When we think about the future, we always associate it with uncertainty - the stock market, the next featured entree at NCH, whether or not you’re going to pass CIS160, etc. - you know, the usual.
Yet, with Dr. Rakesh Vohra, one of the ECON101 and ESE204 professors brought over from Northwestern’s renowned Kellogg School of Management as a PIK Professor specializing in mechanism design, the future is what he specializes in and embraces. It’s not something to fear - in fact, it’s something that he can predict.
Most people have probably heard of the term “game theory”, and if you haven’t, this is the basic premise: given a game with set rules and two players who you assume are going to compete against each other and behave rationally, you can predict the outcome using game theory. What Dr. Vohra does completely flip this idea upside down -
“Supposing I can design the game that people are going to participate in, and though I cannot control what they do, I can control the rules of the game and use game theory to predict how they will respond to the rules of the game, and that determines the outcome that I might be interested in. For example, how resources are allocated, what kinds of investments do people make. As the planner, how should I design the game to achieve those outcomes?”
This kind of research has extremely practical applications in the world that we live in today - the AdWords auction system that Google runs as part of its search engine platform is fundamentally connected to mechanism design. The auction is the “game”, and ultimately Google designs it in a way that maximizes the revenue that they make from the bidders that try to compete for lucrative search words. Dr. Vohra defined these advertisements as “complex assets”, assets that are far beyond typical things you’d find at an art or car auction:
“There are also complicated assets that you can sell, where your consumption of the asset affects my value - for example, you buying a piece of “spectrum” or network might affect the way that my network and “spectrum” works, or bids on supply transport chains for the U.S. Army using trucks, ships, and planes will depend on the people buying them - which path they need, what kinds of trains and planes and ships they need, etc… It’s not enough just to look at the highest bidder; you have to think about how to feasibly combine the bids so that they fit onto the supply chain”.
It’s this combination of considering the constraints of the product and the demands of the buyer that creates this interesting, complex equilibrium that everyday consumers never consider. And it’s the art of predicting and targeting the balance point of this equilibrium that Dr. Vohra specializes in.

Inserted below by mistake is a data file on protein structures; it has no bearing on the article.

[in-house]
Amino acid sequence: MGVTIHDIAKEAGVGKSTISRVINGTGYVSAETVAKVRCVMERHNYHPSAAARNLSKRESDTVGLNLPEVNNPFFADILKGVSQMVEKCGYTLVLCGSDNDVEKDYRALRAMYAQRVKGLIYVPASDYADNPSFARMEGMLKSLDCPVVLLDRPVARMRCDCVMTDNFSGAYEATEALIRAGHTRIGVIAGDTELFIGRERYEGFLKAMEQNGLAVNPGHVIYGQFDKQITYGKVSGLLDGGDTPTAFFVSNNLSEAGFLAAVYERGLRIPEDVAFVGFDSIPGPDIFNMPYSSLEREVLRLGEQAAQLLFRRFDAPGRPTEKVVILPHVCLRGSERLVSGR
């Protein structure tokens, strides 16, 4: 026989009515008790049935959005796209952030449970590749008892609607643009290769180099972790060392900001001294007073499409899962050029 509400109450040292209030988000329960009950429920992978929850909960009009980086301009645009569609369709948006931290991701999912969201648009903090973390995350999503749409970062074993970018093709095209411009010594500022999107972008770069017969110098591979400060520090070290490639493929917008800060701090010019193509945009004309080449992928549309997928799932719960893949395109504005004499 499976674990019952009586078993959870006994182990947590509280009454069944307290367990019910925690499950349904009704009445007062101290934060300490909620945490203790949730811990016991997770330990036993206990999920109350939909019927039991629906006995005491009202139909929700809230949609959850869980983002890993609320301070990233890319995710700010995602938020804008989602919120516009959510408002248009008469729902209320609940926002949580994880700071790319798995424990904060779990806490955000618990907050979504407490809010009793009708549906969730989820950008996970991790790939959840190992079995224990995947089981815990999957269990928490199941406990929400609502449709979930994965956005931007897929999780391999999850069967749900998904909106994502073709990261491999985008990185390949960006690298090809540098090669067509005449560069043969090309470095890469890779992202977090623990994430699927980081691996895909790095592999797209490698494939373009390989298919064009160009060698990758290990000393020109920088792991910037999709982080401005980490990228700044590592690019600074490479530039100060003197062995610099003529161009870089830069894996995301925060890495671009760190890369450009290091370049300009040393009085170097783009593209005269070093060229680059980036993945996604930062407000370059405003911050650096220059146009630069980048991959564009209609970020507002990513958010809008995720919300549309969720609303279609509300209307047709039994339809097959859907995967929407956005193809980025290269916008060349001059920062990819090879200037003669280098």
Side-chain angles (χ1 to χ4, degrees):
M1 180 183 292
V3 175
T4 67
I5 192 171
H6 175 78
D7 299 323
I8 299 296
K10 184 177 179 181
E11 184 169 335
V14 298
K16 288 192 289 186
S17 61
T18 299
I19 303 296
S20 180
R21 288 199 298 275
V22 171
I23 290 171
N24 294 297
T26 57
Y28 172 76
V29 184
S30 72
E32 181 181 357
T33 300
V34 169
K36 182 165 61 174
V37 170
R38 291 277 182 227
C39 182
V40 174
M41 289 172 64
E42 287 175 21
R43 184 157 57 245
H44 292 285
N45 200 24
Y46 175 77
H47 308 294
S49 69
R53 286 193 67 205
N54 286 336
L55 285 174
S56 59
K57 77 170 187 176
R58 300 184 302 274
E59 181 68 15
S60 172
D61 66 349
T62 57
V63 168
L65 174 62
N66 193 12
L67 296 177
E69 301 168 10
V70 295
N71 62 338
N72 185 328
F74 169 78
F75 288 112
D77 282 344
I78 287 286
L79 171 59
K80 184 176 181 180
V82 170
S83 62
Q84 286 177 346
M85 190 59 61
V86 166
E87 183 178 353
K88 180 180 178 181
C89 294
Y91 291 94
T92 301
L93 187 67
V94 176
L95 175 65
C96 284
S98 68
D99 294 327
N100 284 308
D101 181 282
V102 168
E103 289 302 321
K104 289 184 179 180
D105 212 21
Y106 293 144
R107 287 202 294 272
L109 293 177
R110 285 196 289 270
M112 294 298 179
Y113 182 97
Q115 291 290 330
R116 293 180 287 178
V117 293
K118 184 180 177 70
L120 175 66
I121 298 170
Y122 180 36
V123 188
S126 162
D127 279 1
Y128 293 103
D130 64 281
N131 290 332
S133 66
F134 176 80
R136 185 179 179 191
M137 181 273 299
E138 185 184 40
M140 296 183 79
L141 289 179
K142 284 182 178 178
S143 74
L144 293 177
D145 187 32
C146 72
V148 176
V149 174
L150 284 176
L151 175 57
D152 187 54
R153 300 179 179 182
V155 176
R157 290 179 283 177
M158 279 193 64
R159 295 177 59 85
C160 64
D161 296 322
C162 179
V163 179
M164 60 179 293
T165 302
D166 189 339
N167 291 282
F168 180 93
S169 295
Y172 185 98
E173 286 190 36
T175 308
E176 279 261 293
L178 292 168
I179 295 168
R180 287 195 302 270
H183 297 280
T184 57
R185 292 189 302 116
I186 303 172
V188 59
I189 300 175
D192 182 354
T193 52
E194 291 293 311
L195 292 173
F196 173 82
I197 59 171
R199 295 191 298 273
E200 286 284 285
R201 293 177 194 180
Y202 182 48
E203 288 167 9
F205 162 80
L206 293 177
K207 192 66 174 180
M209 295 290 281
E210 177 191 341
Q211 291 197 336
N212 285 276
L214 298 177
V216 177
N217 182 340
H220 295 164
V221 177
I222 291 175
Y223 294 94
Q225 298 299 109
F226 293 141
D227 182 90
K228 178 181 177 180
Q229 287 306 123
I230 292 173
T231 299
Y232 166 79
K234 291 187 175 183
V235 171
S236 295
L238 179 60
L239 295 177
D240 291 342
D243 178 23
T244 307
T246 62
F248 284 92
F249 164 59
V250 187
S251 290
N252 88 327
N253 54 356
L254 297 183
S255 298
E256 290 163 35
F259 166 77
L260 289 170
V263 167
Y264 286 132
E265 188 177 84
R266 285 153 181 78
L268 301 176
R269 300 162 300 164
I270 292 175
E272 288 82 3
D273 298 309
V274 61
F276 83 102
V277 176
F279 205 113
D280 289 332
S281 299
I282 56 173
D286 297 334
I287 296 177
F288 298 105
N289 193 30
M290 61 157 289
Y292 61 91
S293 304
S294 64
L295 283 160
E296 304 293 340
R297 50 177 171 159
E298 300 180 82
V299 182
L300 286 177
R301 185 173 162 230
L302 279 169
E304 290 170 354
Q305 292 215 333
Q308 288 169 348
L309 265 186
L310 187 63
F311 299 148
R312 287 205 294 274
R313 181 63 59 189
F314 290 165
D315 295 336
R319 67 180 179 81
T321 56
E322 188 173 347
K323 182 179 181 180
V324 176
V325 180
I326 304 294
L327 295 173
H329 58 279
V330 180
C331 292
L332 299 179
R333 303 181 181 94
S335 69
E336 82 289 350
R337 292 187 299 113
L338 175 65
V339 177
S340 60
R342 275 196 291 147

Beyond balancing assets and games, however, Dr. Vohra also balances the responsibilities of teaching classes at Penn as well as his research. In ECON101 (Intermediate Microeconomics) and ESE204 (Decision Models), Dr. Vohra tries his best to be as engaging as possible in his lectures by actively making his students participate in discussion focused conversation; rather than boring students to death with pure, unfiltered information and minimal interaction, Dr. Vohra aims to make his classroom more of a discussion-based learning environment:
“I don’t know that I have a philosophy, but I have a preference for doing things a certain way - I prefer discussion and argument, rather than straight lecture. I think that’s one of the best ways to learn - it’s through discussion… I think of myself as this - I’m trying to set an agenda, so I frame a topic in a way that one can have a concrete discussion, and I’d like to manage the discussion so as to push the students to realize ‘oh, ok, this is what’s going on, this is the way to think about it”.
With this in mind, however, he also had insightful things to say about teaching undergraduates compared to his prior experiences in the business school at Northwestern. When asked about how he liked teaching at Penn, he offered up a comparison to the types of students he had at Northwestern:
“One thing to keep in mind was that, at Northwestern, I was in the business school, so I was only teaching MBA’s, so they were older, more mature, and they were executives; executives are a huge fun to teach - they’re probably the best group of students I’ve ever had to teach. They’re really sharp, they have experience, and they’re very curious - the reason they’re coming is because they’ve faced problems, and they’re not looking for answers in the sense of “do this, do that”, but they’re looking for “what’s the way to think about issues that I’ve been confronted with? I learned a huge amount from them as I was trying to convince them “here’s a particular way to look at things”, and they’re saying “no that doesn’t make sense, what about this, what about that’. I find undergraduates to be far more quiet.”